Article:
India's low-cost generic drug industry faces threats from a proposed 16-nation Asian trade bloc, according to civil society groups such as Médecins Sans Frontières.
The Regional Comprehensive Economic Partnership or RCEP, underway in Perth, Australia, is broadly supported by the government led by Prime Minister Narendra Modi, but other nations in the talks are already suggesting India is reluctant to change protectionist policies.
India's Commerce Minister Nirmala Sitharaman earlier this week accused other negotiators of "sledging"--a cricket term denoting trash talk--after talk surfaced from some countries that India was “obstructionist” on drug policies and other areas, according to the Hindu Business Line newspaper.
The diverse group of countries, which includes China, Australia, South Korea and Japan as well as Cambodia, Laos, the Philippines and Vietnam is an effort to join the 10 members of the Association of Southeast Asian Nations, or ASEAN, with the 6 countries the bloc already has individual trade pacts with.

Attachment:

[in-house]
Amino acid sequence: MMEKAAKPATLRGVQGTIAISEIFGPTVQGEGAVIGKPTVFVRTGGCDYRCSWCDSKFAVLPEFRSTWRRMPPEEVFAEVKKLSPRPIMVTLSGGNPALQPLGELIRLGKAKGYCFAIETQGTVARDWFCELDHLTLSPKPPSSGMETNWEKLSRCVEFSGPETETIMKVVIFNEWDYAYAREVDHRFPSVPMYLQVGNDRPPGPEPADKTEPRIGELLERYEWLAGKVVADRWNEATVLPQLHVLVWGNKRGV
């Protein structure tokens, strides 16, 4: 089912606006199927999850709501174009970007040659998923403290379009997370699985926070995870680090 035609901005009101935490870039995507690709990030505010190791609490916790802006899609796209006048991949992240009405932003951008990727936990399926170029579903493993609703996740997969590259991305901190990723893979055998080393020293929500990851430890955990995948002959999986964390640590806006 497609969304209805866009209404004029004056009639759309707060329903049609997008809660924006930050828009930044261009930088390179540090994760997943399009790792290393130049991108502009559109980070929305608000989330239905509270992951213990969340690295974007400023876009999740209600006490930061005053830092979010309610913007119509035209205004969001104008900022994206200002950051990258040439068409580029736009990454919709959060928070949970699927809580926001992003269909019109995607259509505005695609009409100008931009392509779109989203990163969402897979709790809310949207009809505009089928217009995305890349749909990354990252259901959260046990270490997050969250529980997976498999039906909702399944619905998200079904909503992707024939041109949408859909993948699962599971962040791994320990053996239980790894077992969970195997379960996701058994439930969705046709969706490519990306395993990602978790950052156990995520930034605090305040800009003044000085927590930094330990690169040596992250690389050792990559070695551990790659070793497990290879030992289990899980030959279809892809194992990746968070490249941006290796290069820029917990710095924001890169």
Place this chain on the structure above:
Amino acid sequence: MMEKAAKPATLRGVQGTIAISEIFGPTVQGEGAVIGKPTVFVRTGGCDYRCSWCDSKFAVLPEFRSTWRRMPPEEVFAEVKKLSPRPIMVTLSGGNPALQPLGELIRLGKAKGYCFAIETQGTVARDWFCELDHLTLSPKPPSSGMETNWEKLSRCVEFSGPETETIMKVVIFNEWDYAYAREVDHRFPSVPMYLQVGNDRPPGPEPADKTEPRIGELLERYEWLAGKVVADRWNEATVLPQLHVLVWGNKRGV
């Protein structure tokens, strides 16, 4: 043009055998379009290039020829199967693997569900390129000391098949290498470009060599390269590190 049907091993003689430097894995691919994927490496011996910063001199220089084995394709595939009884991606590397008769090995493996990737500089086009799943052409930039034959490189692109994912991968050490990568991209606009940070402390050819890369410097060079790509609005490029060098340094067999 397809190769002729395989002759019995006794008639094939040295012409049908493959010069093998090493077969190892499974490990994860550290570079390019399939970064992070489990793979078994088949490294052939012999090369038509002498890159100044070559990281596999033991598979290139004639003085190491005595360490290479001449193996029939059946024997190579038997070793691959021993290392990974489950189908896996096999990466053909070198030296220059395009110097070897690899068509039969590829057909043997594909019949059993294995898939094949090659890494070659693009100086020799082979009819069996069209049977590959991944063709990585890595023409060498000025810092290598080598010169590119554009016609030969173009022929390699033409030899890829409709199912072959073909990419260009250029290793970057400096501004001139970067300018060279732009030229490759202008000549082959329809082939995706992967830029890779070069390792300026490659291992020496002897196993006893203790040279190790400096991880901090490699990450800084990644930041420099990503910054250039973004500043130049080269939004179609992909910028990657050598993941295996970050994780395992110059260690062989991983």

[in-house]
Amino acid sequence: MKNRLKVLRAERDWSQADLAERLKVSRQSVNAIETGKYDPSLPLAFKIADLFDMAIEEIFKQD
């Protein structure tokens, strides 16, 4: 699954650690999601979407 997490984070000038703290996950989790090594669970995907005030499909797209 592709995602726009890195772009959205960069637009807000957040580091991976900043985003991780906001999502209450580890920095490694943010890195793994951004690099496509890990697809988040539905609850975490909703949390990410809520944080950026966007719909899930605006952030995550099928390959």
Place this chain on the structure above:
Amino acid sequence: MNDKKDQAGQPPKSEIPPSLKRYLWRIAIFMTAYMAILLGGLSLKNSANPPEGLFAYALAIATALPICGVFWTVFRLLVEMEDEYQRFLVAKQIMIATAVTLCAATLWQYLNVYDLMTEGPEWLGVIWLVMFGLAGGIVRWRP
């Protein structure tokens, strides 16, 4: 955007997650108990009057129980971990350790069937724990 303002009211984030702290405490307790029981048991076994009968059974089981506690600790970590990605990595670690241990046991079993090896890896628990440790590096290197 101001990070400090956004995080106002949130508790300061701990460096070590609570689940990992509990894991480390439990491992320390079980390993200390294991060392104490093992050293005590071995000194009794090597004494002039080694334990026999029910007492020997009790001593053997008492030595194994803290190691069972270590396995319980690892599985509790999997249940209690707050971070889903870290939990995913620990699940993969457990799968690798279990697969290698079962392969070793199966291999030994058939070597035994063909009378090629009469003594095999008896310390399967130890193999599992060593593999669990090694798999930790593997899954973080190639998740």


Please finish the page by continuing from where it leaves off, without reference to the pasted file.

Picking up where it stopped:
A key focus are calls for India and other countries to go beyond TRIPS, or the Trade-Related Aspects of Intellectual Property Rights, otherwise known as the TRIPS Agreement under the World Trade Organization, and enforce tougher data exclusivity and patent rules.
India already found itself in hot water earlier this year with domestic drug manufacturers after reports surfaced it would not approve new compulsory licenses for patented drugs. The commerce ministry denied the reports.
The stakes for India and China in the pact are high because both billion-plus population countries are outside a U.S.-led Trans-Pacific Partnership (TPP) trade pact finalized late last year among a dozen Pacific Rim nations. The TPP however has not been passed and faces possible defeat or changes in the U.S. as the lead candidates for president this year, Donald Trump and Hillary Clinton, oppose many provisions.
To add fuel to the fire, DNA India reports that documents leaked during the talks would allegedly crimp generic medicine laws regionally and hit low-cost access.
Médecins Sans Frontières (MSF), or Doctors without Borders, said in the case of India, the country supplies two-thirds of all drugs it buys to treat HIV, TB and malaria and that costs would rise under the RCEP.